Nevertheless, Canon (http://www.engadget.com/tag/canon/) is still clinging to the idea of popping out SEDs for now, although it was mentioned that it would be "on a smaller scale," which isn't apt to give these elusive sets any kind of price advantage whenever it lands. Interestingly, Toshiba still stated that if things went smoothly, it would buy some of the manufactured SED displays directly from Canon (http://www.engadget.com/2006/10/03/55-inch-sed-hdtvs-on-the-way-in-08/) and throw its own logo on it, theoretically bypassing the lawsuit and simultaneously snubbing Nano-Proprietary. But hey, we've got no qualms with a little joint venture competition, and considering how every other HDTV price (http://www.engadgethd.com/2006/12/12/sony-whines-over-hdtv-price-drops-says-its-looking-out-for-th/) is falling (http://www.engadgethd.com/2006/12/05/lcd-and-plasma-prices-just-keep-on-droppin/) through the floor, we'll bet they need it.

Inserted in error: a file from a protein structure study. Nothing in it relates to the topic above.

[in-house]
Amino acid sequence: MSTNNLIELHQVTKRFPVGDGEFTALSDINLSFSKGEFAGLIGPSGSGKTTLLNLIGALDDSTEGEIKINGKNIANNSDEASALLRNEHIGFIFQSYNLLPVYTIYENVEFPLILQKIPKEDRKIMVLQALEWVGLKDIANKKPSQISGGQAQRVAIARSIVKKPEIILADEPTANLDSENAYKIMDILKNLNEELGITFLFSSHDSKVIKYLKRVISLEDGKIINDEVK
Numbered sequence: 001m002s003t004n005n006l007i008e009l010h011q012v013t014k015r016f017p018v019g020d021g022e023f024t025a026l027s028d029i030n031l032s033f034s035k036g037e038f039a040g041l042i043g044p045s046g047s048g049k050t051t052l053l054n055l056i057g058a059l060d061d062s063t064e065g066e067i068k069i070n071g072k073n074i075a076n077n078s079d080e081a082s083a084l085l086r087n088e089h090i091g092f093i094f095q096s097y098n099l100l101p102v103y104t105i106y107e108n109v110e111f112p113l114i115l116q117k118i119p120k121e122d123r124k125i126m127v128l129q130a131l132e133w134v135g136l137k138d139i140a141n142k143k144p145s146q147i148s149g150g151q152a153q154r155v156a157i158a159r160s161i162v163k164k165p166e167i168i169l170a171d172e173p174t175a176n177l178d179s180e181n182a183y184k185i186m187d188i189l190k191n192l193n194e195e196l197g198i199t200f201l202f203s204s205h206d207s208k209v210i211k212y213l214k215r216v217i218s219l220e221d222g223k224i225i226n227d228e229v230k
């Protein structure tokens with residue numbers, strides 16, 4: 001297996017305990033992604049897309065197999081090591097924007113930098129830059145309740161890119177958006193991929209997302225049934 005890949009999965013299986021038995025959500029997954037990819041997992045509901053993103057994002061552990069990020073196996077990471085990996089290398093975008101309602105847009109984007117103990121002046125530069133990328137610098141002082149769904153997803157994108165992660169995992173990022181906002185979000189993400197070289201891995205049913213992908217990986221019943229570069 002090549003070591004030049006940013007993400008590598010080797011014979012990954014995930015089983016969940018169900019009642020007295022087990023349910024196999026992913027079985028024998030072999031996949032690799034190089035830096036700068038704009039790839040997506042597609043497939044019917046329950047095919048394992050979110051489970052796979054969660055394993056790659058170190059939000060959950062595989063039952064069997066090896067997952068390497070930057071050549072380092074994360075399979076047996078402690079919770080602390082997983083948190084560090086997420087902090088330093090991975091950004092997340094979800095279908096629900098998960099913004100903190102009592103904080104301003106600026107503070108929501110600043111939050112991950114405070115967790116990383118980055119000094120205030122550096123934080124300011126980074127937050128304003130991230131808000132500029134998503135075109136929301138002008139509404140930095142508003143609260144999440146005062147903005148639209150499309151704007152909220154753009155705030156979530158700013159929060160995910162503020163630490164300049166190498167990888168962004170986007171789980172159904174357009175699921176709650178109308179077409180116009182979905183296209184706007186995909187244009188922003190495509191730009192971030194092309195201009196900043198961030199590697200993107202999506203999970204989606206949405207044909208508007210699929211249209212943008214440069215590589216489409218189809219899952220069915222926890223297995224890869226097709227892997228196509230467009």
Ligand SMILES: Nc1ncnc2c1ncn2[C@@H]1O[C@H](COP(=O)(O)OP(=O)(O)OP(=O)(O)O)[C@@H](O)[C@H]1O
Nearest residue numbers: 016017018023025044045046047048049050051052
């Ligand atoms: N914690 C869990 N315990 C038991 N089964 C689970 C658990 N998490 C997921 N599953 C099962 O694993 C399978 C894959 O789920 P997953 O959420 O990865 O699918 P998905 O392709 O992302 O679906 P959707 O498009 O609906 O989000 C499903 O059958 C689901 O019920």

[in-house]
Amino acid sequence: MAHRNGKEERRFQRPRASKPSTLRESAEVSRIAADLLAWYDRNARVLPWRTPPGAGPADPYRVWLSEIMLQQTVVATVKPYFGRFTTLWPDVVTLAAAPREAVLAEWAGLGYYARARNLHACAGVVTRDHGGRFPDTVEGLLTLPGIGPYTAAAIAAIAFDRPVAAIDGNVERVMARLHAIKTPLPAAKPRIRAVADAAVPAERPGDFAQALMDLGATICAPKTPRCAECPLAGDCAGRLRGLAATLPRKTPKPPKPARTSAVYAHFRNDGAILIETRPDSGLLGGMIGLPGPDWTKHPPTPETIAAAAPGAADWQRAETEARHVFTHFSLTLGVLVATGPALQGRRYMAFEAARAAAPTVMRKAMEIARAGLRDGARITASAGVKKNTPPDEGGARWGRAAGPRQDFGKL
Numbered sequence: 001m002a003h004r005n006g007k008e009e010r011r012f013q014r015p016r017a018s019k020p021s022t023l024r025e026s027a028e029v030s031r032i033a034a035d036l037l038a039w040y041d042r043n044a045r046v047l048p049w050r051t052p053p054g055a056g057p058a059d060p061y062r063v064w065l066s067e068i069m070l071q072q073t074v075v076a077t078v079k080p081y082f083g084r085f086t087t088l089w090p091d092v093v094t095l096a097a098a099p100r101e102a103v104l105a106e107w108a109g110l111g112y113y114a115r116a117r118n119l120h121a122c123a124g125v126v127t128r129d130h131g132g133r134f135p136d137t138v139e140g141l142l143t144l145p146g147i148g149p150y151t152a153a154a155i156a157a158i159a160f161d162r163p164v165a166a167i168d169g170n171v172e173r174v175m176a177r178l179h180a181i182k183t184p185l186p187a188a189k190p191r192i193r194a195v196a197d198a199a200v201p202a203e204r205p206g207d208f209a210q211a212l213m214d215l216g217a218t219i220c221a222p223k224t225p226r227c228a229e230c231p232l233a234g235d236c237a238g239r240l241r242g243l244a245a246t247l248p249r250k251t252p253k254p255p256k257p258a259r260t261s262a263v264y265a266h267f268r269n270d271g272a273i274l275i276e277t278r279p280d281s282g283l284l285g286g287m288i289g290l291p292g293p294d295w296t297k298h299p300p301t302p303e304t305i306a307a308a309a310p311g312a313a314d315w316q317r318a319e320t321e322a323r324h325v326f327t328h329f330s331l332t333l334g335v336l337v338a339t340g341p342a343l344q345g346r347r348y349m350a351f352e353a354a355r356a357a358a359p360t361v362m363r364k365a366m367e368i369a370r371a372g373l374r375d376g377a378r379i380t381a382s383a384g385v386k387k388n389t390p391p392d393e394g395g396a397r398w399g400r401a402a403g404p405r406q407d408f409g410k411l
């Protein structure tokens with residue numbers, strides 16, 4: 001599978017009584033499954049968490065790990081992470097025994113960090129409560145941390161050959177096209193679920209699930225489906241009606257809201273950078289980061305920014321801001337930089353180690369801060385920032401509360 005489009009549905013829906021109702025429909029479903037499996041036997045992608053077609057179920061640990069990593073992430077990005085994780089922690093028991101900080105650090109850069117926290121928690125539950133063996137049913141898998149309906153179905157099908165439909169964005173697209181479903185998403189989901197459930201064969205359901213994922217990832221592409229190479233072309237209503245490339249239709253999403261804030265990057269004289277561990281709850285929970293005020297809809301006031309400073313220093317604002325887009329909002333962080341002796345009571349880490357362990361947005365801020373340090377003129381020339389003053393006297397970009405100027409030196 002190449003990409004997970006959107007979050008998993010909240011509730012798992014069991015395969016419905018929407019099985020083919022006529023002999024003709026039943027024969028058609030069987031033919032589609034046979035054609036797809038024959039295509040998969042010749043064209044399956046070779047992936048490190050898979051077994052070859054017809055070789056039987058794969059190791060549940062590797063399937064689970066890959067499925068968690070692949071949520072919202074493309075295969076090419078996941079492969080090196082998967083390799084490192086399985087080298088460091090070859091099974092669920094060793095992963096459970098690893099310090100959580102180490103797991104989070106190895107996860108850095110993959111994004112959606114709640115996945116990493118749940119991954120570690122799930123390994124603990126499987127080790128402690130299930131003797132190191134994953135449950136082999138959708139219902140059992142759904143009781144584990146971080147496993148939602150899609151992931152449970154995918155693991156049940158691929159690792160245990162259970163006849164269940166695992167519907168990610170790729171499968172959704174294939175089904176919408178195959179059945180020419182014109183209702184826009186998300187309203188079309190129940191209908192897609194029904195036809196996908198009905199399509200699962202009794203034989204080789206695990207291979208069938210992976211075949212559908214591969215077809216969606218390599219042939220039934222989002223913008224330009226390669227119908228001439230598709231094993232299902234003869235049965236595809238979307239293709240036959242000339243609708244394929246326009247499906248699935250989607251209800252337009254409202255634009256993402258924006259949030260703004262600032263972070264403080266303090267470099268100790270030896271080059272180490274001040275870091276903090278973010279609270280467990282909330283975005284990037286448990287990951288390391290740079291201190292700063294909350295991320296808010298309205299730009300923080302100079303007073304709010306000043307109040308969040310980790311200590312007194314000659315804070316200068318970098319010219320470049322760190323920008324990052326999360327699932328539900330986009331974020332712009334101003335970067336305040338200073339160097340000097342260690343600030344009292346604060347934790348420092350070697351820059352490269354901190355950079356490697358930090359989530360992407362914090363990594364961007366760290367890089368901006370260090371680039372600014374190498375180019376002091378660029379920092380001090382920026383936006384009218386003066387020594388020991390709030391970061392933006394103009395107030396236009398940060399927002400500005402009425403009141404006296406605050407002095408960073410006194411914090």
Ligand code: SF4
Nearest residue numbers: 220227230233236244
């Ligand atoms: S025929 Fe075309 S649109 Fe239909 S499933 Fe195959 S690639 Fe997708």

Here also:NANO-PROPRIETARY, INC. COMMENTS ON CANON’S PRESS RELEASE REGARDING SED, INC. OWNERSHIP
Austin, Texas, January 12, 2007
Nano-Proprietary, Inc. (OTC BB: NNPP), today announced that it is pleased Canon, Inc. and Toshiba Corporation have decided to continue to move forward with their SED TV. “Restructuring of Canon’s ownership position does not resolve the pending litigation which goes to trial in a few weeks,” said Tom Bijou, Chief Executive Officer of Nano-Proprietary, Inc. “We have terminated Canon’s license as a result of breach of contract. Moreover, our complaint against Canon includes other counts, including fraud unrelated to the ownership of SED. We are, however, willing to enter into a new license agreement with Canon on reasonable terms.”http://www.nano-proprietary.com/InvestorRelations/NewsandPressReleases.asp